Overall, it is looking one-or-two degrees cooler than the last three Tours and very similar to four years ago, fairly comfortable for competitors and spectators.
As in the 2009 Tour there will be just two days with temperatures in the 30s, only one of those above 35 degrees.
Also as in 2009, Adelaide's average maximum temperature will be about 29 degrees but in the Hills, where most stages will be run, it will be two-or-three degrees cooler.
Stages three, four and five will be the most interesting weather-wise.
Hottest Stage - Stage 3 - starting in about 33-degree heat in Unley and finishing in 33-degree heat in Stirling, at times reaching about 35 degrees.
Coolest Stage - Stage 5 - starting in 20 degrees in McLaren Vale and finishing in 22 degrees at Old Willunga Hill, at times possibly reaching 25 degrees.
In general, the heat won't be as much of a problem as in the last three years but as usual, the wind will be testing, averaging 15-to-30km/h on most days.
Windiest Stage - Stage 4 (Modbury to Tanunda) - southwesterlies reaching 25-to-40km/h with gusts to about 50 km/h.
On the morning of Stage 4 on Friday is the Tour Challenge, an open event, which travels the same course through the Adelaide Hills to Tanunda. The gusty southwesterly winds will generally be a tail-to-cross wind and feel fairly chilly first thing in the morning. It should also be one of the coolest mornings, about 14 degrees at sunrise and only warming to 20 degrees just after midday. The road may be a bit wet but any light showers will have cleared by about sunrise.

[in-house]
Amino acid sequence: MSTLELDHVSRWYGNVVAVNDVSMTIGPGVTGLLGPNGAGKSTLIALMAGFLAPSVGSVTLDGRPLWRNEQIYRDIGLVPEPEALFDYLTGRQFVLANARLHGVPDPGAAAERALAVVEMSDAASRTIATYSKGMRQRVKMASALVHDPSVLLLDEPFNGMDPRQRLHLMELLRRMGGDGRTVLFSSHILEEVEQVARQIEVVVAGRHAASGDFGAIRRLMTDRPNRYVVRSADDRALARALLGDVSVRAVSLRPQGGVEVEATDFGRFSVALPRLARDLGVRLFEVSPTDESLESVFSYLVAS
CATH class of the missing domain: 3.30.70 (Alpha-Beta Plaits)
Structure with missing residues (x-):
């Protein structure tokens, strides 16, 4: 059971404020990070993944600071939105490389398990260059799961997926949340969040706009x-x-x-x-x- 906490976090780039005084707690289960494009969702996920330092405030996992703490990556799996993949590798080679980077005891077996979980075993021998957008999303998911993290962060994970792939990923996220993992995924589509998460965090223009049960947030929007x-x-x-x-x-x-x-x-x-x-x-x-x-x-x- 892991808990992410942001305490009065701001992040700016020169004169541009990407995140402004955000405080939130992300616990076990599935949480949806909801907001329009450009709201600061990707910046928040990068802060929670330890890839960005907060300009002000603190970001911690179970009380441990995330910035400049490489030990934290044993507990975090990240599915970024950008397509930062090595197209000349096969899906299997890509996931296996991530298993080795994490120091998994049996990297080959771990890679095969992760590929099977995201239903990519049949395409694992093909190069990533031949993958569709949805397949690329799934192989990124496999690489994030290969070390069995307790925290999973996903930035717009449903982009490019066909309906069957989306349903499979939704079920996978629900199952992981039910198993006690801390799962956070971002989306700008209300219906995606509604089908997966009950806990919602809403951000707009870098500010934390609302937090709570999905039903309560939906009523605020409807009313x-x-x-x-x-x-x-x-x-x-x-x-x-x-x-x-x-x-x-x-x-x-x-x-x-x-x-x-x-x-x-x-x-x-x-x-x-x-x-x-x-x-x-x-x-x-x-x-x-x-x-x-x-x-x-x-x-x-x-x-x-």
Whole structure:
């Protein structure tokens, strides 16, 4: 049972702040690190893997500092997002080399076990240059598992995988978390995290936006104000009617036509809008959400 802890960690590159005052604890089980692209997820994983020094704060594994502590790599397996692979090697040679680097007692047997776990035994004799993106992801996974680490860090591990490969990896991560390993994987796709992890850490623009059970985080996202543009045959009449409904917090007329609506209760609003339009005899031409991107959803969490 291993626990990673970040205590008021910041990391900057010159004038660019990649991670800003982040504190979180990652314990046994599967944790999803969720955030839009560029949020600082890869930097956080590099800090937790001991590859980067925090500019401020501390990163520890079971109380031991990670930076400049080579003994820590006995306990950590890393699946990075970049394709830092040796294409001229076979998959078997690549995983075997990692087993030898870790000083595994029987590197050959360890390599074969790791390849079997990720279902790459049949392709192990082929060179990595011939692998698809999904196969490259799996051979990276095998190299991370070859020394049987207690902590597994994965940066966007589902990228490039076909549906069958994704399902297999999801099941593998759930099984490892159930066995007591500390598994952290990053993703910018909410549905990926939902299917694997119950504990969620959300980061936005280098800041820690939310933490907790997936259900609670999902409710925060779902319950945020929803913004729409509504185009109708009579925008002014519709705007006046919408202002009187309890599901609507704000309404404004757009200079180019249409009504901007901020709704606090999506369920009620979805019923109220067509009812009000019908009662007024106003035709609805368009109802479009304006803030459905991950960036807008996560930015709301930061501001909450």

Showers are more likely the previous afternoon and evening, possibly affecting Stage 3. It's unlikely to be much, a couple millimetres at most, but it may bring a bit of cooling relief. The road should be dry for all other stages.
Wettest Stage - Stage 3 - brief showers possible, nothing more than about two millimetres if anything at all.
The cool weather is partly due to a slow-moving high south of the state and the onset of the monsoon in the tropics. The high is directing southerly winds over the Adelaide area and the monsoon is helping reduce the heat over central Australia. On the one day when winds turn northerly there will only be moderate heat reaching Adelaide, unlike the heat in the last few years and nothing like 2006.
In the 2006 Tour Down Under the average maximum temperature was about 40 degrees with four days exceeding 40 degrees.
© Weatherzone 2013
00:06 EDT The damage bill from a supercell storm that hit south-east Queensland on Thursday afternoon with cyclonic winds and softball-sized hail could reach $150 million, Queensland Premier Campbell Newman says.